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The investigators would like to determine whether ultrasound features of the ovaries can be used to reliably diagnose different types of anovulatory disorders in women across all body types. The study will also try to establish whether ultrasound features of the ovary can reflect the degree of reproductive and metabolic problems that a woman with irregular or absent periods might be experiencing.
The correlation between metabolic syndrome and carotid artery stenosis is well established. The purpose of this study is to evaluate the relationship between morbid obesity and carotid artery stenosis.
This weight loss study will investigate the impact of calorie distribution across a day (large breakfast meals and smaller evening meals versus small breakfast meals and large evening meals) on body weight, and physiological and behavioral mechanisms regulating energy balance. Participants will undergo 2 x 4 week energy restriction protocols in a randomized cross over design; big breakfast (45% of calories in the morning meal, 20% at dinner) and big dinner (45% of calories in the evening meal, 20% at breakfast). We predict that timing of eating will influence energy balance, because morning energy expenditure is amplified in comparison to the evening. This study will allow us to assess whether the increased energy expenditure in the morning is linked to natural biological circadian rhythm or behavioral adaptions.
The study aims to characterize mitochondrial metabolism in the liver of obesity surgery patients and to study its relationships with hepatic steatosis, inflammation, and fibrosis.
Standard Heparin management, based on total body weight, is not well established for obese patients undergoing cardiac surgery with cardiopulmonary bypass (CPB). The purpose of this study is to assess the safety and efficacy of using lean body mass (LBM) to determine pump flow rate and/or Heparin dosage in obese patients undergoing CPB.
Today the majority of pregnant women in the United States are either overweight or obese at conception with their offspring having greater adiposity at birth, a 2-fold greater risk of later obesity, and neonatal insulin resistance. It was long thought that breast milk composition was fairly uniform among women, having been optimized through evolutionary time to provide adequate sole nutrition for the growing infant regardless of the environmental circumstances. However, recent evidence shows that breast milk is a highly complex fluid with significant inter-individual variation in hormonal and cytokine concentrations. Pervasive maternal obesity is an evolutionarily novel condition for the human species but little effort has yet been made to systematically examine how this novel condition is associated with breast milk adipose-tissue derived hormone and cytokine (adipocytokine) variation, or whether that variation relates to infant metabolic status. The objective of this study is to comprehensively assess the "lactational programming" hypothesis, that is, whether or not recently documented variation in breast-milk composition is related to both maternal adiposity and to infant metabolic status. The central hypothesis is that a graded, dose-response relationship between maternal adiposity and adipocytokine concentrations in breast milk exists and that milk adipocytokine concentrations are associated with altered body composition in their exclusively breast-fed offspring. The results of the study will be used to design interventions to reduce maternal weight during pregnancy and lactation and to augment lactation education materials to focus on the needs of obese breast-feeding women.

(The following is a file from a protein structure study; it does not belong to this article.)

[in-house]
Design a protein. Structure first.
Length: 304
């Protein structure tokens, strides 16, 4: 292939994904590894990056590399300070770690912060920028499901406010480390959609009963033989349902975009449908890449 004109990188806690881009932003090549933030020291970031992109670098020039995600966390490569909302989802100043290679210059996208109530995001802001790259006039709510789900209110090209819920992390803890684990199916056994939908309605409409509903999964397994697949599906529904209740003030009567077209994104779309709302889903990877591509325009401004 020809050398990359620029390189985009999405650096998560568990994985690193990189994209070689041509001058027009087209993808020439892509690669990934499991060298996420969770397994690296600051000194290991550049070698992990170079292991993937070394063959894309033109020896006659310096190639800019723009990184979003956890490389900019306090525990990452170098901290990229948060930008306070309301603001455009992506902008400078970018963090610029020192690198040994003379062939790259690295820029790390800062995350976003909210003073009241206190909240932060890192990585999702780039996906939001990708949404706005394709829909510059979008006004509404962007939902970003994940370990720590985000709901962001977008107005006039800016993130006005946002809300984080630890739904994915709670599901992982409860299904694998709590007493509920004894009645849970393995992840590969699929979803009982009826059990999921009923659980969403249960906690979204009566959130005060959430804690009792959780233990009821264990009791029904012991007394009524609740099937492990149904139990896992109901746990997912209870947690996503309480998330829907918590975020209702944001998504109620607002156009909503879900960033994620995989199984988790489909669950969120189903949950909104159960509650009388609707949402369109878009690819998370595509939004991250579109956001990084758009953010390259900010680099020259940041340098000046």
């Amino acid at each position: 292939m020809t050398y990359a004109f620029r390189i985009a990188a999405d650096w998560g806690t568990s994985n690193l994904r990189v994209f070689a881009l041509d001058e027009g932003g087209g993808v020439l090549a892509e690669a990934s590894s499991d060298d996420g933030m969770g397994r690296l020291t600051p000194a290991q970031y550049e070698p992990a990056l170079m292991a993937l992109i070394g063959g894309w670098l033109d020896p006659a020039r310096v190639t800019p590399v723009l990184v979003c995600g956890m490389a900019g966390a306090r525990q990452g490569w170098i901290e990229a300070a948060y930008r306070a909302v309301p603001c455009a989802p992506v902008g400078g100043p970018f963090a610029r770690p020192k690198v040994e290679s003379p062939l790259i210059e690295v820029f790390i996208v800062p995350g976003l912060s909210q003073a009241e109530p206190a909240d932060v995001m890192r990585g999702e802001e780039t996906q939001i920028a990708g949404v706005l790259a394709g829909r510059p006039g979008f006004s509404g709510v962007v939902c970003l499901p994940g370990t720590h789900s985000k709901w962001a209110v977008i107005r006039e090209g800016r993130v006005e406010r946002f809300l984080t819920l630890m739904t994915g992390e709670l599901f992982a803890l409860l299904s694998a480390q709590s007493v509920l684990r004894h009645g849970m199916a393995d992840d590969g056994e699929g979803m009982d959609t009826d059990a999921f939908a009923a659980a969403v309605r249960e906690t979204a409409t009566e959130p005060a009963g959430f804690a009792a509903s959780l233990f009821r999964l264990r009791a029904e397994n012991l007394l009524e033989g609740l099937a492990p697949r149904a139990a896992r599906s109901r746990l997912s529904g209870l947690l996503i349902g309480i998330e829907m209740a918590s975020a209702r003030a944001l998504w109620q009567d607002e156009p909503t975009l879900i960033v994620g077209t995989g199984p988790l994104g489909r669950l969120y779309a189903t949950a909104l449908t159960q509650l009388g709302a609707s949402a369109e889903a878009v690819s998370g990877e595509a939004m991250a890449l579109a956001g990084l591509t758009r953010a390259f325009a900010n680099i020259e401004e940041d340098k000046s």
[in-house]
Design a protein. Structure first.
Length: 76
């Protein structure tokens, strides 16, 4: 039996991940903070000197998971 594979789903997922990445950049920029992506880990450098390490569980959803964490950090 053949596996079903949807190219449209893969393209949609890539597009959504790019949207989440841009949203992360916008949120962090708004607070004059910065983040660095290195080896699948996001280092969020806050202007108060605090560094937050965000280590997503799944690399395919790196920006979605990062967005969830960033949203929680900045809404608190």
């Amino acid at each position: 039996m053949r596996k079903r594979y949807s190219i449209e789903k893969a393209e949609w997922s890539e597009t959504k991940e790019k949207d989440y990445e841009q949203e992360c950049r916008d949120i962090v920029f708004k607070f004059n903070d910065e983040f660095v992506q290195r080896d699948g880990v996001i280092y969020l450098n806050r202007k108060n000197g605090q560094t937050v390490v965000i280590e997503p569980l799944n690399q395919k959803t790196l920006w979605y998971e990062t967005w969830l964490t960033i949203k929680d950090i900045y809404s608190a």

Obesity and type 2 diabetes mellitus (T2DM) are major global health concerns as they commonly co-occur and are associated with significant morbidity, mortality, and health care expenditures. The Indigenous (First Nations, Metis and Inuit) population bears a disproportionate burden of T2DM in Canada. The prevalence of obesity among Indigenous individuals is approximately 31.2% compared to 18.6% for the non-Indigenous population. In 2011, 16.7% of Manitoba's population, or four times the Canadian average, identified as Indigenous. At the same time, prevalence of T2DM in Manitoba is on the rise. Bariatric surgery is an effective treatment modality for the improvement and resolution of T2DM in patients who are obese. We aim to compare the effectiveness of bariatric surgery with conventional medical treatment in treating metabolic diseases in Indigenous people; the findings of which will assist in future treatment and program planning. Our objective is to determine whether Manitoba's urban Indigenous population will achieve better diabetic control and improved rates of remission of T2DM with bariatric surgery compared to best diabetic medical care.
This is a family based genotype-phenotype study designed to assess genetic and environmental influences on obesity, insulin resistance and beta cell function in the context of gestational diabetes.
Dysfunction of adipose tissue in obesity, inflammation and aging: mechanisms and effects of physical exercise and omega-3 fatty acids.
This study is a randomized, adaptive, parallel arm study. The treatment group will receive the Elira wearable patch system and provided instructions for use and advised to follow a 1200 calorie diet. The control group will be asked to follow a 12 calorie diet only. Each group will be followed for 12 weeks. Total body weight loss will be measured as well as appetite changes. Safety data will be collected throughout the study period. Safety and effectiveness will be determined based on differences between the groups.